A characteristic of the embodiments illustrated in FIGS. 1 and 2 is that a half wave length or a wave length torsional dumbbell resonator is used for phase rotation of 180° which is required for producing attenuation poles. The fact is exploited that the movement of the surfaces of the cylindrical members 29 and 31 in FIG. 1 embodiment move in opposite directions as shown by the arrows whereas in the FIG. 2 embodiment the wires are placed on opposite sides of the cylindrical portion 34 which also move in opposite directions and thus have a phase difference of 180°. Examples of FIGS. 1 and 2 are particularly advantageous because only one torsional resonator and one additional coupling wire is required to achieve a total of four attenuation poles of which two lie below the filter pass band and two above the filter pass band.
The electrical equivalent circuit of FIG. 3 uses the so-called force-current analogy wherein the resonators 1 through 7 represent parallel L-C resonant circuits which are identified by the numerals 1 through 7 and the main coupling wire 8 comprises the series inductances between the transducers 1' and 7'. The coupling wires 9 and 10 can be illustrated by the parallel inductances 9 and 10 which respectively extend from the resonators 1 to 4 and 4 to 7. The previously mentioned phase reversal for the additional coupling elements 9 and 10 in combination with the torsional resonator 4 are represented by the inductances 9 and 10 and the transformers having the transformation ratio of 1:-1 as shown.
It is seen that the present invention provides an improved electromechanical filter which is simple and inexpensive to construct and although the invention has been described with respect to preferred embodiments it is not to be so limited as changes and modifications may be made therein which are within the full intended scope as defined by the appended claims.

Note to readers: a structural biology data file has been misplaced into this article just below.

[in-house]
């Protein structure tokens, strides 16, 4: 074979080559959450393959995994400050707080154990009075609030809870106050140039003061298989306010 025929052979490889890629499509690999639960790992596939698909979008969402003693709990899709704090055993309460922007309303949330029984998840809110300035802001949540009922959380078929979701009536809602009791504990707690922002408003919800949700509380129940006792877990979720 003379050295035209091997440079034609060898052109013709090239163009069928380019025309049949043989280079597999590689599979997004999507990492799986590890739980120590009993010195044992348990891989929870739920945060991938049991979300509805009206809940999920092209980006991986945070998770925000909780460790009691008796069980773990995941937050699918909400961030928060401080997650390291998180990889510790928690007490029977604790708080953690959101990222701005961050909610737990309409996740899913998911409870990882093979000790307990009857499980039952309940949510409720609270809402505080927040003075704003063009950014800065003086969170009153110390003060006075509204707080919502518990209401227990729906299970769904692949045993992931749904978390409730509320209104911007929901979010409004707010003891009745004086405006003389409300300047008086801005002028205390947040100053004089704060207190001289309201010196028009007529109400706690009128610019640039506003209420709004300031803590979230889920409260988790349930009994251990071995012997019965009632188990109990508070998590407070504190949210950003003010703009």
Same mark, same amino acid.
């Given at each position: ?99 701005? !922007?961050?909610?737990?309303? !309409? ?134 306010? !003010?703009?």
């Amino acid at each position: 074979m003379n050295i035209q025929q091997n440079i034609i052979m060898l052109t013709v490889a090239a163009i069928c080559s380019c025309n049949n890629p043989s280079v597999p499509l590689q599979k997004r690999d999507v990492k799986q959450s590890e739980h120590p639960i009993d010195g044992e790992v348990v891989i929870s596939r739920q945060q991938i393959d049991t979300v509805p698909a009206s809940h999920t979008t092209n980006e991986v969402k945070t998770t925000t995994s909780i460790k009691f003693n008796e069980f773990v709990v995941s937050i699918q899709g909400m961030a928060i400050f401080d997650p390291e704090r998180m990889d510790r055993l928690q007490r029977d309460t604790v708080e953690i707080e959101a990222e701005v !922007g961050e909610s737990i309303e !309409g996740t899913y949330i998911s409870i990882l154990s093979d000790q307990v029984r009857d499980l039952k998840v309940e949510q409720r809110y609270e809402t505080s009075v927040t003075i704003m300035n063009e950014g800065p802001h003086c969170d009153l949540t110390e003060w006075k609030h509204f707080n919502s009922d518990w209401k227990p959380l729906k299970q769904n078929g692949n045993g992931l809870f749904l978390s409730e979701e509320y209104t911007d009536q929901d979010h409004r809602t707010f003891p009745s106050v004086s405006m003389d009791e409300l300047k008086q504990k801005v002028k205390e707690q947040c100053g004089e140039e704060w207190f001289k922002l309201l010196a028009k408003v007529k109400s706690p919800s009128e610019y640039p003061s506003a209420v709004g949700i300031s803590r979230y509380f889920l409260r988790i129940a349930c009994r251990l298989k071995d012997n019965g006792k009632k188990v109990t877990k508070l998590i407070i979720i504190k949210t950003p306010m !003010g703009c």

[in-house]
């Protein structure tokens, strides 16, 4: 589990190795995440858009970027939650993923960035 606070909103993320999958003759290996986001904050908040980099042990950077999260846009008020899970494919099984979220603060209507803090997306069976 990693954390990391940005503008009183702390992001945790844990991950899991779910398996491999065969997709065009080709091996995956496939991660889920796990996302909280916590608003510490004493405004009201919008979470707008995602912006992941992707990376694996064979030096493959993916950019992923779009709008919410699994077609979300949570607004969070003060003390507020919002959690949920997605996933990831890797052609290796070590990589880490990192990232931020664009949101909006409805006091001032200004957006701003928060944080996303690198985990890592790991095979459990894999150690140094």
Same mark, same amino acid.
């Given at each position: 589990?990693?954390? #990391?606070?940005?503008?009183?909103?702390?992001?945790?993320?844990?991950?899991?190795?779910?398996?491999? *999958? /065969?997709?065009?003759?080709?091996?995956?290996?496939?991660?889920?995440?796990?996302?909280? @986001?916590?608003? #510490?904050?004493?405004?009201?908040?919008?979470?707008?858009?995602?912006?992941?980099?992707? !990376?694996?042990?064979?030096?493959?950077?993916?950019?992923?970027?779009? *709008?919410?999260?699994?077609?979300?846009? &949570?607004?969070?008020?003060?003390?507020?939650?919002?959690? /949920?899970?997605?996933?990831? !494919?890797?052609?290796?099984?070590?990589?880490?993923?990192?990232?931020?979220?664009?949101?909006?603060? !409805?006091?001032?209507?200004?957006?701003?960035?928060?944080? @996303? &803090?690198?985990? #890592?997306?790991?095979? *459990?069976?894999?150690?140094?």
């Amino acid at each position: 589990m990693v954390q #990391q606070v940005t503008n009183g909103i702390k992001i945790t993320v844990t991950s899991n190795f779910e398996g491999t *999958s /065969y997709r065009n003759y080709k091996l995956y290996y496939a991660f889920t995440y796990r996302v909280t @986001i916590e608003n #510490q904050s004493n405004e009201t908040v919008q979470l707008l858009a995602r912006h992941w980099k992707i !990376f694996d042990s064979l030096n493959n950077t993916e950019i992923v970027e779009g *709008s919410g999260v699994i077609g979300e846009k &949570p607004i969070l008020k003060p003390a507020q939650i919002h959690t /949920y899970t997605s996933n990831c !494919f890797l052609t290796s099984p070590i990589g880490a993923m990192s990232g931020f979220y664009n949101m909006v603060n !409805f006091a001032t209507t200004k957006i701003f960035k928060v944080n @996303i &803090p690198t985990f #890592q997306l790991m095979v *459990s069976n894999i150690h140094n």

|Cited Patent||Filing date||Publication date||Applicant||Title|
|US3389351 *||Oct 7, 1965||Jun 18, 1968||Werk Fur Bauelemente Der Nachr||Unsymmetrical electromechanical filters|
|US3986151 *||May 7, 1975||Oct 12, 1976||Nippon Electric Company, Ltd.||Electromechanical branching filter|
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|Citing Patent||Filing date||Publication date||Applicant||Title|
|US4302709 *||Dec 10, 1979||Nov 24, 1981||Office National D'etudes Et De Recherche Aerospatiales||Vibrating device with motionless frame|
|US4309680 *||Jun 25, 1979||Jan 5, 1982||Nippon Bearing Company Limited||Electro-mechanical filter including mechanical resonator|
|US4320366 *||Jun 16, 1978||Mar 16, 1982||Siemens Aktiengesellschaft||Carrier frequency communication transmission system having premodulation|
|US5493166 *||Jul 18, 1994||Feb 20, 1996||Murata Manufacturing Co., Ltd.||Vibrator and vibrating gyroscope using the same|
|US5569969 *||Jun 7, 1995||Oct 29, 1996||Murata Manufacturing Co., Ltd.||Vibrator and vibratory gyroscope using the same|
|US6016698 *||Sep 1, 1998||Jan 25, 2000||Murata Manufacturing Co., Ltd.||Vibratory gyroscope including piezoelectric electrodes or detectors arranged to be non-parallel and non-perpendicular to coriolis force direction|
|US6016699 *||Sep 1, 1998||Jan 25, 2000||Murata Manufacturing Co., Ltd.||Vibrator including piezoelectric electrodes of detectors arranged to be non-parallel and non-perpendicular to Coriolis force direction and vibratory gyroscope using the same|
|US6161432 *||Sep 1, 1998||Dec 19, 2000||Murata Manufacturing Co., Ltd.||Vibrator and vibratory gyroscope using the same|
|U.S. Classification||333/197, 333/198, 310/321|
|International Classification||H03H9/50, H03H9/46, H04R17/08|